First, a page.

Christianity has never done anything for you that is not the result of social group effects. Interacting with others confers benefits whether or not one is religious. What's more, other religions have exactly the same claims of benefit and they, too, are wrong, and they are wrong in exactly the same way you are wrong. Any positive affect you attribute to Christianity can also be attributed to any other human social group, and it is observable that religion is not the common denominator. People are the common denominator. People help each other then, out of habit, but still incorrectly, they attribute their efforts to a god. The misattribution is unhelpful -- fact is, it is actually harmful -- but it serves to sustain the superstition that a god is doing something.

Shawn said...

Kiriluser,
You did read how to apply the OTF didn't you?
Therefore what are the tests you used to determine that other faiths (Islam, Hinduism, Judaism, etc)lack sufficicent evidence as to be unbelievable to you?
What evidence did you come up with to answer those same tests applied to (your version of) Christianity?
We'd be most interested to see these results.

beowulf2k8 said...

If to you Christianity is just a word that makes you feel good like popping a prozac and not a set of doctrines then you may be right. But if Christianity means believing in the virgin birth, and so on, there's no way you pass the test and you're a liar.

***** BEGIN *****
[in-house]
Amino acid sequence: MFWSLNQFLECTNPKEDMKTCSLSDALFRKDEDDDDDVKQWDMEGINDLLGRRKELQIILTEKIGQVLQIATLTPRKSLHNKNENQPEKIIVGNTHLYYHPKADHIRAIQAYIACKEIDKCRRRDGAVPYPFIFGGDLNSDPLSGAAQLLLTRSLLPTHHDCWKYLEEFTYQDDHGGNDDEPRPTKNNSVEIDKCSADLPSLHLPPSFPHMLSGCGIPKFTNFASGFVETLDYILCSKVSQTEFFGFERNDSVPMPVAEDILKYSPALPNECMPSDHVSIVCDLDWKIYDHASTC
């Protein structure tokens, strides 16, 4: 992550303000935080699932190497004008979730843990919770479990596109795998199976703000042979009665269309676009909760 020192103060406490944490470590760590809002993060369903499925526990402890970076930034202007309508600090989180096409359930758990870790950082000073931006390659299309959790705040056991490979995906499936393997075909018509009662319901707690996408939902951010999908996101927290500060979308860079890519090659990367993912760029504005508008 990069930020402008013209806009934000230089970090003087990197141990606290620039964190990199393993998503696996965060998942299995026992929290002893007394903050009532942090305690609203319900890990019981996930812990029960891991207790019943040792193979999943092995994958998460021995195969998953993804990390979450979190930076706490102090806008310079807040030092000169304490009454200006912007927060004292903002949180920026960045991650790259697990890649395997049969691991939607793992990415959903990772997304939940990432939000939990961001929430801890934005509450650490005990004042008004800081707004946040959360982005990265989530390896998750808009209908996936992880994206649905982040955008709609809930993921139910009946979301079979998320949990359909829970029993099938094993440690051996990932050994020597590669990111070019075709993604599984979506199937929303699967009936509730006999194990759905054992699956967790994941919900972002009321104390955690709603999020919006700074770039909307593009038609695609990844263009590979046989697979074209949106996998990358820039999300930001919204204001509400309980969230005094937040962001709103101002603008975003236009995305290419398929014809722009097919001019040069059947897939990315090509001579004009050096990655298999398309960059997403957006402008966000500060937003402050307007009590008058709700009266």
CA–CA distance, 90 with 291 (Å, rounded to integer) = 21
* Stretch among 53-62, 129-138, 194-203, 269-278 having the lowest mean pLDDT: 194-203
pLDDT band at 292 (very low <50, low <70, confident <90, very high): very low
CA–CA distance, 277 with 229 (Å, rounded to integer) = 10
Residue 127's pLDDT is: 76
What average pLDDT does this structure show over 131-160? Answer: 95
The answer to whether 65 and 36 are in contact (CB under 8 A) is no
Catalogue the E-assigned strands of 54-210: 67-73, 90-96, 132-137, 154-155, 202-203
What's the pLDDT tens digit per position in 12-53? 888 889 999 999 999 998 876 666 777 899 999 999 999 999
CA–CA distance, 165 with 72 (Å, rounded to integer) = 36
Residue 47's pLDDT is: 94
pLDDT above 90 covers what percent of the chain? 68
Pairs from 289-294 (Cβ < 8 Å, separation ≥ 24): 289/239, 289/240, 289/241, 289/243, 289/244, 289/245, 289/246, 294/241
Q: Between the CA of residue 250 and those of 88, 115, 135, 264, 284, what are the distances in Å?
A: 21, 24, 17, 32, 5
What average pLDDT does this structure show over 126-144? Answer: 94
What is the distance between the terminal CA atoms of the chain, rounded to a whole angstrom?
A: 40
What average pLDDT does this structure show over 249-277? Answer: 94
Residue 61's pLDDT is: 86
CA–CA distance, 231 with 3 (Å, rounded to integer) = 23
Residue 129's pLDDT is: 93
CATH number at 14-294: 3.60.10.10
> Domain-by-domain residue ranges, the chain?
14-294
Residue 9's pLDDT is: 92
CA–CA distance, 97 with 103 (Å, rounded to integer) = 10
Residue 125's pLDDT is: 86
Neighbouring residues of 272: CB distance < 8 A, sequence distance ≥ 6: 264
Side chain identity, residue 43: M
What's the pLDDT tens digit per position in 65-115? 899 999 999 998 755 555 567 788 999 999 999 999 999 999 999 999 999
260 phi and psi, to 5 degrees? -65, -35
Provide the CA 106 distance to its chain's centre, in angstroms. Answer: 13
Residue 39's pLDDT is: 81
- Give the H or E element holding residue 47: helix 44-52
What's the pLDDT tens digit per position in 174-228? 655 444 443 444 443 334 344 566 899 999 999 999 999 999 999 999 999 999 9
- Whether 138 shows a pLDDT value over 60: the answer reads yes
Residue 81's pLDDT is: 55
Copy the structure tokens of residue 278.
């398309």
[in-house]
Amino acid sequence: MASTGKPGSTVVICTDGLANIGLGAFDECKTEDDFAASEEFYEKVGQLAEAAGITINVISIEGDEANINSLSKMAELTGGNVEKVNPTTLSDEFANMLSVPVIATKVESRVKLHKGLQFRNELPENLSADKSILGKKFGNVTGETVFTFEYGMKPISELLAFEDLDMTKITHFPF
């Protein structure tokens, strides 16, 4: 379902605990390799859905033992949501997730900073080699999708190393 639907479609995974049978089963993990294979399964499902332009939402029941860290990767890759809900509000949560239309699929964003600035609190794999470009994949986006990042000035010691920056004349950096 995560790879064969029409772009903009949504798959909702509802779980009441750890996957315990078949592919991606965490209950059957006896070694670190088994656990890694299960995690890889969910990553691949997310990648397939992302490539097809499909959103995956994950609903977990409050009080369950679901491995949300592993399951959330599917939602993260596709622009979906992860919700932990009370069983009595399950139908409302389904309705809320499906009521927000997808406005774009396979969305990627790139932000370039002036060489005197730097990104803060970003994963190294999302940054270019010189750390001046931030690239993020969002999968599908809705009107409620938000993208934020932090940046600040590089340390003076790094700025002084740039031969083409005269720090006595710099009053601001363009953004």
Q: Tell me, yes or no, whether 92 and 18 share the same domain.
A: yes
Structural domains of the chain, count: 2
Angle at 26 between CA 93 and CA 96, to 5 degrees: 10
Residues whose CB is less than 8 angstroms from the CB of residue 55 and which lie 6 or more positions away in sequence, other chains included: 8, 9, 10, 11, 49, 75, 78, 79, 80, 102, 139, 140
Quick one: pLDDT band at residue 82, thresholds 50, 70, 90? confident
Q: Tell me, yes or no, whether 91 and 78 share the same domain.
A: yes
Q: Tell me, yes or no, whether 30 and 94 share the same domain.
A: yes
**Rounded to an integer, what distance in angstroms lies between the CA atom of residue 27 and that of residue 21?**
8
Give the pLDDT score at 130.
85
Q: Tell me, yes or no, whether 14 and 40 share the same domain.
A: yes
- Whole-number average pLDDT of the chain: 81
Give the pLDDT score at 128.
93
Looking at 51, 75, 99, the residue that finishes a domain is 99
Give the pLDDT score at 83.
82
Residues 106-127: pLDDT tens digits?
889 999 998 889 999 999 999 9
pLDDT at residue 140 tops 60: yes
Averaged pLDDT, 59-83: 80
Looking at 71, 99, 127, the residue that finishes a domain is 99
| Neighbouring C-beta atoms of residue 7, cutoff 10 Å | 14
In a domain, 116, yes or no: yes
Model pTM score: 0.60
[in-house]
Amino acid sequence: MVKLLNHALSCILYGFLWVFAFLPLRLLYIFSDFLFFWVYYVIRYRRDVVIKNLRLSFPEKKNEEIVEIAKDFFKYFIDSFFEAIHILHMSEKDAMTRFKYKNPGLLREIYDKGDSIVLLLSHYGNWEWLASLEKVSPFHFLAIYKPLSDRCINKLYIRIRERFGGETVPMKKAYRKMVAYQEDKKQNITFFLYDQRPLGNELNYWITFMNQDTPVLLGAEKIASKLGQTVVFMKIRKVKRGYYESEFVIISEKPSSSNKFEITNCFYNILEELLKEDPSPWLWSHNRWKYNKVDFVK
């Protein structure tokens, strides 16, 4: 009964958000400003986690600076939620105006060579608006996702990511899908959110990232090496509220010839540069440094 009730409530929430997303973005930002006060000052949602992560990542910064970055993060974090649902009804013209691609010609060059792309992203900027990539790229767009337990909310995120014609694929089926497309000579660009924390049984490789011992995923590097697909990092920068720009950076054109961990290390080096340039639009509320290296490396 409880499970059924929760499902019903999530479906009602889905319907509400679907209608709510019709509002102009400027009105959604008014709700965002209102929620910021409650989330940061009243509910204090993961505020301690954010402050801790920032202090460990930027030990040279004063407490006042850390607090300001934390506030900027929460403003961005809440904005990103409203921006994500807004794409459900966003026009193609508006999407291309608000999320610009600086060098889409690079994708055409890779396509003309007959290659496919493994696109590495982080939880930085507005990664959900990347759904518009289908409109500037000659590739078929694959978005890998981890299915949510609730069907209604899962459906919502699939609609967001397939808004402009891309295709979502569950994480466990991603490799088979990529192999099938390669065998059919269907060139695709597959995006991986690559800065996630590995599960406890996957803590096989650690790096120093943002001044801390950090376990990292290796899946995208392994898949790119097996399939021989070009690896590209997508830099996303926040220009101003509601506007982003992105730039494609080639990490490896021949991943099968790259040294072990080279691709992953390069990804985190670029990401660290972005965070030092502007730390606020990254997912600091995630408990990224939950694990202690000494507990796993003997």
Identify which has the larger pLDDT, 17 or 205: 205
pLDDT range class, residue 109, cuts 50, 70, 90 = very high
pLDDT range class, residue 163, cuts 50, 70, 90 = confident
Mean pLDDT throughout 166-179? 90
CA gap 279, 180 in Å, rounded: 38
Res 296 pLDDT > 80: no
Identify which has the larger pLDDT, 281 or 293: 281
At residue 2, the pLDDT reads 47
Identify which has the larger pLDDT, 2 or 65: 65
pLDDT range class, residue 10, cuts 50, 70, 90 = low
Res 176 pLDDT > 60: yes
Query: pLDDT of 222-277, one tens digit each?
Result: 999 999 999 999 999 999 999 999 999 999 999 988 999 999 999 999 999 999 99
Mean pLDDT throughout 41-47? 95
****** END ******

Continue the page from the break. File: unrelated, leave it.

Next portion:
Kiriluser said...

Sorry I've been late in getting this reply back; it's been awhile since I've been on here. In any case;

~Russ
I was once really popular at an online school that I used to attend, but the price of this popularity was a decline in my spirituality, as well as my grades. Eventually, I gave up my popularity, and I got my spirituality back on track. "Social group effects", as you call them, don't do much for me. In any case, most of my spirituality comes from praying, reading the Bible and other theological works, and thinking about them alone. I do attend a church regularly, but it isn't the main source of my faith.

~Shawn
It would be rather difficult to cram in all of my reasons for disagreeing with these other beliefs in one comment, so I'll suffice with a few short comments, which I can elaborate on if neccesary. I believe that humanity is a fallen race, and humanity is saved only by grace, as every person has committed atrocities. Judaism and Islam lack the New Testament covenant of forgiveness, whereas Christianity teaches salvation by grace. Hindus believe that one suffers for the sins of his past incarnations, but the Christian treats unfortunate circumstances as the result of a fallen world, placing this blame on mankind's destructive nature. Atheism relies on flawed human reason to provide man with a moral code, even though thousands and thousands have suffered under failed man-made utopian ideals. Christianity has a distinct and principled moral code to live one's life by.

~beowulf2k8
No, Christianity isn't just a word that makes me feel good, yes, I do believe in the virgin birth, and no, I am not a liar.

If any of you three have any questions, feel free to ask, although I might be delayed in answering them. Blessings!